If you suspect you might be depressed, get help — for your own sake and your child’s. Research suggests that depressed moms struggle with parenting and even show muted responses to their babies’ cries compared with healthy moms. Depressed moms with negative parenting styles may also contribute to their children’s stress, according to 2011 research finding that kids raised by these mothers are more easily stressed out by the preschool years….
6. Nurture Your Marriage
If you’re a parent with a significant other, don’t let your relationship with your spouse or partner fall by the wayside when baby is born. Parents who suffer from marital instability, such as contemplating divorce, may set their infants up for sleep troubles in toddlerhood, according to research published in May 2011 in the journal Child Development. The study found that a troubled marriage when a baby is 9 months old contributes to trouble sleeping when the child is 18 months of age….
7. Let Go
When the kids fly the nest, research suggests it’s best to let them go. College freshmen with hovering, interfering “helicopter” parents are more likely to be anxious, self-conscious and less open to new experiences than their counterparts with more relaxed moms and dads….
8. Foster Self-Compassion
Parental guilt is its own industry, but avoid the undertow! Research suggests that self-compassion is a very important life skill, helping people stay resilient in the face of challenges. Self-compassion is made up of mindfulness, the ability to manage thoughts and emotions without being carried away or repressing them, common humanity, or empathy with the suffering of others, and self-kindness, a recognition of your own suffering and a commitment to solving the problem….
9. Be Positive
Parents who express negative emotions toward their infants or handle them roughly are likely to find themselves with aggressive kindergartners. That’s bad news, because behavioral aggression at age 5 is linked to aggression later in life, even toward future romantic partners…
10. LOL! Joking Helps
Lighten up! Joking with your toddler helps set them up for social success, according to research presented at the Economic and Social Research Councils’ Festival of Social Science 2011…. http://www.livescience.com/17894-10-scientific-parenting-tips.html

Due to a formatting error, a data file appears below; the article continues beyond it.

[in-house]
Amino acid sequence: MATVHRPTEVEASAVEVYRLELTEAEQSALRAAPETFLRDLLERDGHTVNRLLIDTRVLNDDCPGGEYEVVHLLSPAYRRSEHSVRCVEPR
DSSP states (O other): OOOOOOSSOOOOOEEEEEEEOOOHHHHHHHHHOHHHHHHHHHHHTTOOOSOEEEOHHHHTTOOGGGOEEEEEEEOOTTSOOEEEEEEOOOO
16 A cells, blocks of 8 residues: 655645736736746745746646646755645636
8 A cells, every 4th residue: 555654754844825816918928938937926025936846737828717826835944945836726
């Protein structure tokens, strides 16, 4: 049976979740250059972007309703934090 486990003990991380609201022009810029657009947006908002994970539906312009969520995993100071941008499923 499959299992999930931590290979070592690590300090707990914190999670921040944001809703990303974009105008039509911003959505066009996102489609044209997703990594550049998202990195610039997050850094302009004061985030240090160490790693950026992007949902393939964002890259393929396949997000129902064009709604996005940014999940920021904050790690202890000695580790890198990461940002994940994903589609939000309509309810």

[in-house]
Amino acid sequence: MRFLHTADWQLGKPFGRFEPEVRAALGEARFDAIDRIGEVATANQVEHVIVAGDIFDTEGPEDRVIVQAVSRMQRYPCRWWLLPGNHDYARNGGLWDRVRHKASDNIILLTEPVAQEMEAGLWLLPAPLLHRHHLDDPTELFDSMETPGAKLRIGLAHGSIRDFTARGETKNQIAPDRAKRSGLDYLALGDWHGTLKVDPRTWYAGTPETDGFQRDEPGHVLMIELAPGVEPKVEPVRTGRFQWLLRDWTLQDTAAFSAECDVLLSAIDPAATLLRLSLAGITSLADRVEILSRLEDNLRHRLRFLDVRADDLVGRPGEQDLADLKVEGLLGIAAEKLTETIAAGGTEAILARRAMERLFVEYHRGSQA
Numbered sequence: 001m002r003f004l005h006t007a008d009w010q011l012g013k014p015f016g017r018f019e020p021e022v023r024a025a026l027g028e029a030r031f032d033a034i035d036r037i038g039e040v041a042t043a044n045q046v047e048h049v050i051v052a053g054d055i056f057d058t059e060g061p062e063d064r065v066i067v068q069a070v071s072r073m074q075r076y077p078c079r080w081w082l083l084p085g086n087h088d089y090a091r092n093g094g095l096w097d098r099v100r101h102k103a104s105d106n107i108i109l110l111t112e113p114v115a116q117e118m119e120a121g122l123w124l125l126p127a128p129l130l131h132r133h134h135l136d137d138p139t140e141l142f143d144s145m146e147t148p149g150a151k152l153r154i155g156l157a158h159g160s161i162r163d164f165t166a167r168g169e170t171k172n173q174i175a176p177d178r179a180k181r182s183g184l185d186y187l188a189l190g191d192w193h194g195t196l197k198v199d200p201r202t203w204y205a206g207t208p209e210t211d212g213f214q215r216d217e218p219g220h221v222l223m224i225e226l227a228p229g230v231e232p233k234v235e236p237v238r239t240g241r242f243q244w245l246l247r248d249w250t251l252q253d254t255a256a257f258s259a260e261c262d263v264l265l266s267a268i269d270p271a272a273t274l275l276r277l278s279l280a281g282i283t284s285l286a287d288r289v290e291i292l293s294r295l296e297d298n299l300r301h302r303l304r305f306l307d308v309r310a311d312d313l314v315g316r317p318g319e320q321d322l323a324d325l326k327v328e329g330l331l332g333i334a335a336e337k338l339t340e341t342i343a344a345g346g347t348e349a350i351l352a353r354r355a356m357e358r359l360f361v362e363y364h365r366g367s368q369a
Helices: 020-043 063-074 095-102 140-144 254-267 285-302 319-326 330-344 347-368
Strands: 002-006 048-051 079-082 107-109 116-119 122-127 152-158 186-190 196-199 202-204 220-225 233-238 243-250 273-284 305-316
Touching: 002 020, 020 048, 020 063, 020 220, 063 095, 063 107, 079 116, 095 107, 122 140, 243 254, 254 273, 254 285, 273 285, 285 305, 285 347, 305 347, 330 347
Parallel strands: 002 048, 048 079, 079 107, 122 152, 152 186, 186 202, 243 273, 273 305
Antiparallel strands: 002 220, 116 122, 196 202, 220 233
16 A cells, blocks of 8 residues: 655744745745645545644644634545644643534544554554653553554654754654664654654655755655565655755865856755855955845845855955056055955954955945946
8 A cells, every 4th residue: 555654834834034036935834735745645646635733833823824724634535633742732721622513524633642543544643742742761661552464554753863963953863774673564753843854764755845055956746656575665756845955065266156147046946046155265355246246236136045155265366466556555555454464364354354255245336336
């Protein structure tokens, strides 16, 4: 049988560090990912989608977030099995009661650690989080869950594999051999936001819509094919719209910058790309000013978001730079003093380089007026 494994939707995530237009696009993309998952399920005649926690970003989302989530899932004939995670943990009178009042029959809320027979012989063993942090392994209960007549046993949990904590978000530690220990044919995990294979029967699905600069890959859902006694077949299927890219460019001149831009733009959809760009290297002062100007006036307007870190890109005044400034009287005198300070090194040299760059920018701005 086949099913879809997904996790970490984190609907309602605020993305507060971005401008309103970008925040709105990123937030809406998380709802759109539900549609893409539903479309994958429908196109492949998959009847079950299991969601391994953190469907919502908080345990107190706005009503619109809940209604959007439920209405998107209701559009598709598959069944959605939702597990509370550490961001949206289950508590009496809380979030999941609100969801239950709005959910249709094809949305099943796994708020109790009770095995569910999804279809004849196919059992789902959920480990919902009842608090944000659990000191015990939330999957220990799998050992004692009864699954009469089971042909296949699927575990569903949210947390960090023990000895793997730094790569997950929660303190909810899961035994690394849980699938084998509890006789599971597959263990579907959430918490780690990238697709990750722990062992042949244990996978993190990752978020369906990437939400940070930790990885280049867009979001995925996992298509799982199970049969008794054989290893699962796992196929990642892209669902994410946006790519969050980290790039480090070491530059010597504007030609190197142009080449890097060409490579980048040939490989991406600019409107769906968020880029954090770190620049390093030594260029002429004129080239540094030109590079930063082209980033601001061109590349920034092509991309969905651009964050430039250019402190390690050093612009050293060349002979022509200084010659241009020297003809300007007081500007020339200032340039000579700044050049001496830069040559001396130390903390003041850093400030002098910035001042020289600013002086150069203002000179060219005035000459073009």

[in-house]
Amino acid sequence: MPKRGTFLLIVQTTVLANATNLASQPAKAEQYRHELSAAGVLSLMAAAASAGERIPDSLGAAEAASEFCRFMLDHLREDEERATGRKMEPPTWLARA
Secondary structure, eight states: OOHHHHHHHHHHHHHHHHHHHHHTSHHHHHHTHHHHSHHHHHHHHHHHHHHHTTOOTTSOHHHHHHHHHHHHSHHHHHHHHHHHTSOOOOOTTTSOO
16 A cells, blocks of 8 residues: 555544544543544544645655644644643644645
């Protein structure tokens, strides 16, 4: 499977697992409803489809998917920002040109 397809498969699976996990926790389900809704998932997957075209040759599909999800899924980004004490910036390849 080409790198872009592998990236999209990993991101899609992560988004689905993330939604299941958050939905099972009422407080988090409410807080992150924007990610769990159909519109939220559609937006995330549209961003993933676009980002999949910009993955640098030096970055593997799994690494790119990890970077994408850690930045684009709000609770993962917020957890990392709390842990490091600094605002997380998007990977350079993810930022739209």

Moi agrees with Pappas’ suggestions with one huge addition the role of fathers. Dr. Gail Gross wrote in The Important Role of Dad:

Fathers are central to the emotional well-being of their children; they are are capable caretakers and disciplinarians.

Studies show that if your child’s father is affectionate, supportive, and involved, he can contribute greatly to your child’s cognitive, language, and social development, as well as academic achievement, a strong inner core resource, sense of well-being, good self-esteem, and authenticity.

How fathers influence our relationships.

Your child’s primary relationship with his/her father can affect all of your child’s relationships from birth to death, including those with friends, lovers, and spouses. Those early patterns of interaction with father are the very patterns that will be projected forward into all relationships…forever more: not only your child’s intrinsic idea of who he/she is as he/she relates to others, but also, the range of what your child considers acceptable and loving.
Girls will look for men who hold the patterns of good old dad, for after all, they know how “to do that.” Therefore, if father was kind, loving, and gentle, they will reach for those characteristics in men. Girls will look for, in others, what they have experienced and become familiar with in childhood. Because they’ve gotten used to those familial and historic behavioral patterns, they think that they can handle them in relationships.

Boys on the other hand, will model themselves after their fathers. They will look for their father’s approval in everything they do, and copy those behaviors that they recognize as both successful and familiar. Thus, if dad was abusive, controlling, and dominating, those will be the patterns that their sons will imitate and emulate. However, if father is loving, kind, supportive, and protective, boys will want to be that…. http://www.huffingtonpost.com/dr-gail-gross/the-important-role-of-dad_b_5489093.html

Our goal as a society should be healthy children raised by healthy families.

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Ohio State University study: Video games negatively affect the white player’s views of blacks

22 Mar

The Center for Sport Policy and Conduct (Sport Center) at Indiana University, Bloomington has excellent capsule definitions of violence, aggression, and deviance According to the Sport Center violence is defined as:

Violence can be seen as a form of physical assault based on an intent to injure another person or destroy the property of others. To continue this definition, “violence in sport violates the norms and rules of the contest, threatens lives and property, and usually cannot be anticipated by the persons affected” (Smith, 1983, p. 6). http://www.indiana.edu/~cspc/violence.htm

Aggression is defined as: